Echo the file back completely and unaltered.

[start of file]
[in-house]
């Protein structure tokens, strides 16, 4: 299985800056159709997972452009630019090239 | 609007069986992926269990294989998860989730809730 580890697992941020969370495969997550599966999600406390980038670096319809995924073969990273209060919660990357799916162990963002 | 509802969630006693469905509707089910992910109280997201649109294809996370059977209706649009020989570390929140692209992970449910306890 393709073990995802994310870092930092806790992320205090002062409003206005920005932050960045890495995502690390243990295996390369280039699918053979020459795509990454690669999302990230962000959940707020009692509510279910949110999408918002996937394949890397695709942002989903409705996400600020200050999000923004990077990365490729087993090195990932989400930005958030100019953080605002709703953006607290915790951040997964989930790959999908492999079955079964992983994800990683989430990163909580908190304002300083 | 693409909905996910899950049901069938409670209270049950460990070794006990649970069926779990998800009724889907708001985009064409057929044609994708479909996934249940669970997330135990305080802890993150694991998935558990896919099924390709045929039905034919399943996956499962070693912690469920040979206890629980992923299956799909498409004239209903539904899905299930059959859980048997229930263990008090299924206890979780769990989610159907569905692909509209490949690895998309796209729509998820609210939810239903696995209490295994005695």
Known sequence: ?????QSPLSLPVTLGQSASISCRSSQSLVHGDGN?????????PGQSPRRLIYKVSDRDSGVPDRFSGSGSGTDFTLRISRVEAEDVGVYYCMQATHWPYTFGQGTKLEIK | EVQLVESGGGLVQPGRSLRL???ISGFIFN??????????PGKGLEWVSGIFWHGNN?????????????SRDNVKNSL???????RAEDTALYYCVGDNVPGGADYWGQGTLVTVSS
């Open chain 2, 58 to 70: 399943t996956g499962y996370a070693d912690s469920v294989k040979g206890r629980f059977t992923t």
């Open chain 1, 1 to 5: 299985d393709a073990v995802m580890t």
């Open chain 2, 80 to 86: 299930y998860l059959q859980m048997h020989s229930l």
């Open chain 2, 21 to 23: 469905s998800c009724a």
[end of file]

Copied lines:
[in-house]
């Protein structure tokens, strides 16, 4: 299985800056159709997972452009630019090239 | 609007069986992926269990294989998860989730809730 580890697992941020969370495969997550599966999600406390980038670096319809995924073969990273209060919660990357799916162990963002 | 509802969630006693469905509707089910992910109280997201649109294809996370059977209706649009020989570390929140692209992970449910306890 393709073990995802994310870092930092806790992320205090002062409003206005920005932050960045890495995502690390243990295996390369280039699918053979020459795509990454690669999302990230962000959940707020009692509510279910949110999408918002996937394949890397695709942002989903409705996400600020200050999000923004990077990365490729087993090195990932989400930005958030100019953080605002709703953006607290915790951040997964989930790959999908492999079955079964992983994800990683989430990163909580908190304002300083 | 693409909905996910899950049901069938409670209270049950460990070794006990649970069926779990998800009724889907708001985009064409057929044609994708479909996934249940669970997330135990305080802890993150694991998935558990896919099924390709045929039905034919399943996956499962070693912690469920040979206890629980992923299956799909498409004239209903539904899905299930059959859980048997229930263990008090299924206890979780769990989610159907569905692909509209490949690895998309796209729509998820609210939810239903696995209490295994005695």
Known sequence: ?????QSPLSLPVTLGQSASISCRSSQSLVHGDGN?????????PGQSPRRLIYKVSDRDSGVPDRFSGSGSGTDFTLRISRVEAEDVGVYYCMQATHWPYTFGQGTKLEIK | EVQLVESGGGLVQPGRSLRL???ISGFIFN??????????PGKGLEWVSGIFWHGNN?????????????SRDNVKNSL???????RAEDTALYYCVGDNVPGGADYWGQGTLVTVSS
């Open chain 2, 58 to 70: 399943t996956g499962y996370a070693d912690s469920v294989k040979g206890r629980f059977t992923t």
């Open chain 1, 1 to 5: 299985d393709a073990v995802m580890t």
């Open chain 2, 80 to 86: 299930y998860l059959q859980m048997h020989s229930l």
């Open chain 2, 21 to 23: 469905s998800c009724a």